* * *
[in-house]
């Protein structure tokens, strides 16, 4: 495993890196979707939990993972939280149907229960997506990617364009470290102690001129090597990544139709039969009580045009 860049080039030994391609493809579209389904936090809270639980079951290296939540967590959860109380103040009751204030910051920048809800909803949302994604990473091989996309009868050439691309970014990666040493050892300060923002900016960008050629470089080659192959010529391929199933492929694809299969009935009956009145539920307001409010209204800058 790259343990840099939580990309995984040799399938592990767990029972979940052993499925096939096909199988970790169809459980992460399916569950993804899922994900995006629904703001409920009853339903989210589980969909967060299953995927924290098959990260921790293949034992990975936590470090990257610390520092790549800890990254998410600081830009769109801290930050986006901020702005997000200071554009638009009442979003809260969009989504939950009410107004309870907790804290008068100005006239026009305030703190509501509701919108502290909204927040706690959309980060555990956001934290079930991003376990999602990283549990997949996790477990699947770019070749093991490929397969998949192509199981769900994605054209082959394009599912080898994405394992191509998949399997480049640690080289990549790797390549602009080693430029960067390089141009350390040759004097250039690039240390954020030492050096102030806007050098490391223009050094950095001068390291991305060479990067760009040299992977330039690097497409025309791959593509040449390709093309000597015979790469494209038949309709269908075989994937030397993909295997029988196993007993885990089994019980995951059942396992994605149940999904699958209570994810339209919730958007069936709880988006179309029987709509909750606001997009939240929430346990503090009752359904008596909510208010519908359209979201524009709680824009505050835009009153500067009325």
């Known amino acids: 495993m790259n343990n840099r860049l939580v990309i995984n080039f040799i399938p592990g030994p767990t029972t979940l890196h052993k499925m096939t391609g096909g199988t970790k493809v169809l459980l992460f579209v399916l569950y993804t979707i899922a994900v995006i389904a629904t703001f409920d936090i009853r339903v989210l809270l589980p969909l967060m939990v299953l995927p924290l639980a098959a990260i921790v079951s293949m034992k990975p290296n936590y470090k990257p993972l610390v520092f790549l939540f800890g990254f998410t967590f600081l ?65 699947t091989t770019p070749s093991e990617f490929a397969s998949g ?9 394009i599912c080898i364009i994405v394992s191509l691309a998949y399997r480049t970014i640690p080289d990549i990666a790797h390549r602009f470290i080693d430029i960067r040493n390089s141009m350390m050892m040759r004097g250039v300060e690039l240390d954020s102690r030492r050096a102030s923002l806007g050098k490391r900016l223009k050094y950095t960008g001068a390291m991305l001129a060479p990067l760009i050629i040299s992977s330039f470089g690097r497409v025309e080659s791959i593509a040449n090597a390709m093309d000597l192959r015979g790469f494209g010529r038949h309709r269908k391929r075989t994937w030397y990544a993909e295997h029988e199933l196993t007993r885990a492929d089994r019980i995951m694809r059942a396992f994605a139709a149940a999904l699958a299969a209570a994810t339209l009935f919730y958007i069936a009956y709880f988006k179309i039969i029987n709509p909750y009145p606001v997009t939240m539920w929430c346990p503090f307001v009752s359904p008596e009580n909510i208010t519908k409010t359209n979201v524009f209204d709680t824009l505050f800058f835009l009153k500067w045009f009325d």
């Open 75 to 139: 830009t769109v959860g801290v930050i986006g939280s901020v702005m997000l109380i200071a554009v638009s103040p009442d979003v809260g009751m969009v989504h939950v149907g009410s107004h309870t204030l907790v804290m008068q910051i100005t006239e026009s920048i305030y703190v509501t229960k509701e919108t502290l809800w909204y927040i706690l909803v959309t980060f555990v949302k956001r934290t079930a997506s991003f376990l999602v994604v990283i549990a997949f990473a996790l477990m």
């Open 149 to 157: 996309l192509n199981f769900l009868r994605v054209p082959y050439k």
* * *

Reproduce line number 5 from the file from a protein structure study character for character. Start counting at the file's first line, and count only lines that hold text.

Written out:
């Open 149 to 157: 996309l192509n199981f769900l009868r994605v054209p082959y050439k």